The current status of the three salient measures focused in this Initiative are outlined below.

A. Providing Drinking Water and Sanitation to Poor Countries and Regions

Water Resource Grant Aid, which was established in FY2003, was merged with Grant Aid for Global Environment in FY2004 and changed its name to Grant Aid for Water Resources and Environment. Approximately US$20 billion was allocated to 43 projects in FY2004.

For example, assistance for the "Project for Groundwater Development and Sanitation Improvement in the Northern Province (I)" was extended to Zambia, one of the low-income landlocked countries in southern Africa. Access to safe drinking water and basic sanitation is still behind in Zambia, and the access rate is only about 30% in the rural areas. In many villages that lack sufficient water supply facilities, residents are forced to rely on such means as shallow, hand-dug wells or pools of water found in dried up rivers located several kilometers away for daily use. This has caused an increase in water-related illnesses and compounded burdens of water drawing labor for women, which has resulted in serious consequences in various aspects including residents' economic activities and education. In order to tackle this issue, the Zambian government has been positioning the improvement of water supply and sanitation as one of its priority measures in its national water policy, as well as its Poverty Reduction Strategy Paper (PRSP).

Pump repair mechanics undergoing training (Zambia: Project for Groundwater Development and Sanitation Improvement in the Northern Province)
Pump repair mechanics undergoing training (Zambia: Project for Groundwater Development and Sanitation Improvement in the Northern Province)

Over the two years of the above project, which is made up of first and second phases, water supply facilities are to be built and well-drilling equipment is to be supplied at 175 sites within seven counties.These sites have some of the poorest water supply and sanitation conditions among the northern provinces, and they were chosen either for having not received assistance from other donors or for lacking sufficient assistance. Furthermore, the project advances cooperative work aimed at transferring technologies to local engineers, improving capabilities of operation and maintenance, and training technical experts.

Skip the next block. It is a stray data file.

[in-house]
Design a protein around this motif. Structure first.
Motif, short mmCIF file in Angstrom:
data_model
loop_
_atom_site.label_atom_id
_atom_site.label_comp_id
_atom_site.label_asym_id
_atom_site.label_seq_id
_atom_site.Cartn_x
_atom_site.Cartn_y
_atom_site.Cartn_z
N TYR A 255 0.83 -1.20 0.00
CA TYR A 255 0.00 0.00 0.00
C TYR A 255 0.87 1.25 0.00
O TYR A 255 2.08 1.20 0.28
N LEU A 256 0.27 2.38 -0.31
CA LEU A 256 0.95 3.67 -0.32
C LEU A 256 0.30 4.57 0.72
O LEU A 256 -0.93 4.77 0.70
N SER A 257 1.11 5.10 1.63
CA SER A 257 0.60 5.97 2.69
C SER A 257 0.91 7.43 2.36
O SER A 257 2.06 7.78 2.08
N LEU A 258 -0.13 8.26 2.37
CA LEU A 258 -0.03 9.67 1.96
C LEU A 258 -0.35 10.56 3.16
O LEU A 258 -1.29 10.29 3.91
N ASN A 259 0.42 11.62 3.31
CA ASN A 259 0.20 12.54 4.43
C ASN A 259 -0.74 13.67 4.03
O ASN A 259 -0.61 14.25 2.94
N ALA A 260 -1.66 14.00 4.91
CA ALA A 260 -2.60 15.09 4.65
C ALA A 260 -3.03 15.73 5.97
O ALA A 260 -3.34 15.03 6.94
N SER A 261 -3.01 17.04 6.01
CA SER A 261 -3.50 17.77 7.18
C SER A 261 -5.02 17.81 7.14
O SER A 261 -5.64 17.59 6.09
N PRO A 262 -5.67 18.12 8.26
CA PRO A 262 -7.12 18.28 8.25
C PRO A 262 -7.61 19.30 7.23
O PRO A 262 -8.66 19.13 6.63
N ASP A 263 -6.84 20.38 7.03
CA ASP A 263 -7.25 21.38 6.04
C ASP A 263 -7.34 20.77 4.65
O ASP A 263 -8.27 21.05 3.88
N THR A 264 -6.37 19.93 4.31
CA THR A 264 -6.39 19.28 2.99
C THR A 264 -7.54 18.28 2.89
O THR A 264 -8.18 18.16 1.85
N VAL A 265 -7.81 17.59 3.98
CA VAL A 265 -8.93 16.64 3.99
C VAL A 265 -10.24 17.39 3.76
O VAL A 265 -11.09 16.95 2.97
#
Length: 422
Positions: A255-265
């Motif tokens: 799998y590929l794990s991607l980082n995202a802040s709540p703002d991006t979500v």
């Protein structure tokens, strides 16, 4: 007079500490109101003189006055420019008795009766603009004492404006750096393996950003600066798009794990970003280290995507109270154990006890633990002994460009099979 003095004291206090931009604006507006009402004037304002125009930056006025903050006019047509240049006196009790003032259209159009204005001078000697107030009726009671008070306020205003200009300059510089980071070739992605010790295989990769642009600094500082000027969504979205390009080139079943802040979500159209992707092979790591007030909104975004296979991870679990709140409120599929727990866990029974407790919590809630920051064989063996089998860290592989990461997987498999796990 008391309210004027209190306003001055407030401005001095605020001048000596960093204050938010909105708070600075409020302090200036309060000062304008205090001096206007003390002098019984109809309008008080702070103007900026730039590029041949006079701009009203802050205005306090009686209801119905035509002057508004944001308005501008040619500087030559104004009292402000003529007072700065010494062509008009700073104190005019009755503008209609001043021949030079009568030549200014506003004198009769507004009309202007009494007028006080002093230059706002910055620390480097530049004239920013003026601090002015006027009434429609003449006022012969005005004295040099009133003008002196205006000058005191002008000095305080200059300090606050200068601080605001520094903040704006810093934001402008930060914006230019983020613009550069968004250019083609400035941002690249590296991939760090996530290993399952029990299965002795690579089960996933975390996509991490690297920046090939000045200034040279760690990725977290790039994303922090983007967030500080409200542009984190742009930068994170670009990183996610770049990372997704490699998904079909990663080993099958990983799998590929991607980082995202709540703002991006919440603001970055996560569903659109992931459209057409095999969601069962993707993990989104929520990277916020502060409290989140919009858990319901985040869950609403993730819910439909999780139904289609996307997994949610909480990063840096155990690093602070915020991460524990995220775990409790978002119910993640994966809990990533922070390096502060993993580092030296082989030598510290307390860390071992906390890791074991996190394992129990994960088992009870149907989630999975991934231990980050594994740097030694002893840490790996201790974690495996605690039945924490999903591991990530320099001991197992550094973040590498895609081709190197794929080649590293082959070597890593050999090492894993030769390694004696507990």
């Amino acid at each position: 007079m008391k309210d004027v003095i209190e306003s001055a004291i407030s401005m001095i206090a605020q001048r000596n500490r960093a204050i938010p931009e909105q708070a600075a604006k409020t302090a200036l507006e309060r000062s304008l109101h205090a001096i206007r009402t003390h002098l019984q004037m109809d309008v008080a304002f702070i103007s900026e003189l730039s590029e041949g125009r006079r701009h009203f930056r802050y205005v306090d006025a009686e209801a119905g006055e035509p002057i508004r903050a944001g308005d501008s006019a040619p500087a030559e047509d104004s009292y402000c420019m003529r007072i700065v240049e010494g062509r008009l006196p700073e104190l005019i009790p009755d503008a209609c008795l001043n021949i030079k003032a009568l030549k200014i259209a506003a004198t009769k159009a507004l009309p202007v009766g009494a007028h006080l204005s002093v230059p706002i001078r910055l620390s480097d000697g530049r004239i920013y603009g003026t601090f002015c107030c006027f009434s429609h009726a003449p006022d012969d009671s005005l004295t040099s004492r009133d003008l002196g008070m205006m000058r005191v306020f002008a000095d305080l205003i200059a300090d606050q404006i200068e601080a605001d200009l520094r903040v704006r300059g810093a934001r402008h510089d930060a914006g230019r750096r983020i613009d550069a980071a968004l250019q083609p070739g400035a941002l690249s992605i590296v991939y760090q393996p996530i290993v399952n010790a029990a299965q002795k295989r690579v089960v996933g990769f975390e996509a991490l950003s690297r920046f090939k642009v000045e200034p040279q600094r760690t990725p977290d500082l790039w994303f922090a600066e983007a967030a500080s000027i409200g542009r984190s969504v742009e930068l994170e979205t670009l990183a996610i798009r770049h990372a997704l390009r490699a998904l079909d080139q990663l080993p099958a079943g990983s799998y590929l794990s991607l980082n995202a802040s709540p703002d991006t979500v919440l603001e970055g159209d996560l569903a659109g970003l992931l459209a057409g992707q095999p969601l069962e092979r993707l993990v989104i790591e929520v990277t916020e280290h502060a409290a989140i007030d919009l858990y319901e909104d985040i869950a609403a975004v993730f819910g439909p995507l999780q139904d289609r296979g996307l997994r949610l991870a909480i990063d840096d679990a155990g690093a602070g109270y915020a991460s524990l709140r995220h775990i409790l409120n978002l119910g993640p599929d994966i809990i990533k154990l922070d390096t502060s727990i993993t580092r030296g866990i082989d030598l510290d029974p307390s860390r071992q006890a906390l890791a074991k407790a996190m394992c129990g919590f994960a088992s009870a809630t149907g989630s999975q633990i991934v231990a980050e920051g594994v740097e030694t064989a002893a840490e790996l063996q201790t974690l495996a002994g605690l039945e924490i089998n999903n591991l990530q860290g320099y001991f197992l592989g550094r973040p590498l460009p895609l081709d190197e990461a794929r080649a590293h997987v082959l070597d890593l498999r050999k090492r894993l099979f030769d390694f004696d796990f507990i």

As a result of the implementation of this project, approximately 40,000 targeted local residents now have a sustainable supply of safe water. At the same time, a system for developing, operating, and maintaining water supply facilities through voluntary participation of local residents is expected to help improve sanitary conditions, reduce water-related illnesses, and mitigate water-drawing labor for women, among other effects.

B. Addressing the Needs to Provide Large-scale Financing to Urban Areas

In FY2004 Japan offered yen loans at a lower-than-usual interest rate for nine projects related to afforestation, prevention of water pollution, and others, totaling approximately US$83 billion. For example, regarding India's "Ganga Action Plan Project (Varanasi)," Japan provided assistance for construction and renovation of sewerage treatment facilities in Varanasi, Uttar Pradesh, located in northern India. This project contributed to the improvement of water quality of the River Ganges by offering assistance at an interest rate of 0.75% (redemption period: 40 years, which includes a deferment period of 10 years), an extremely concessional rate by international standards.

C. Assisting the Self-help Endeavors and Capacity-Building Efforts of Developing Countries

Under the Initiative for Japan's ODA on Water, Japan plans to train approximately 1,000 personnel in the field of water supply and sewerage treatment over five years beginning in FY2003. In FY2004, 50 experts on the field of water supply and sewerage treatment were dispatched to 18 countries, and training was given to 776 trainees from 66 countries. A cumulative total of 97 experts were dispatched, and 1,396 trainees were accepted since FY2003. Having already met the original goals, Japan will continue cooperative efforts for human resources development.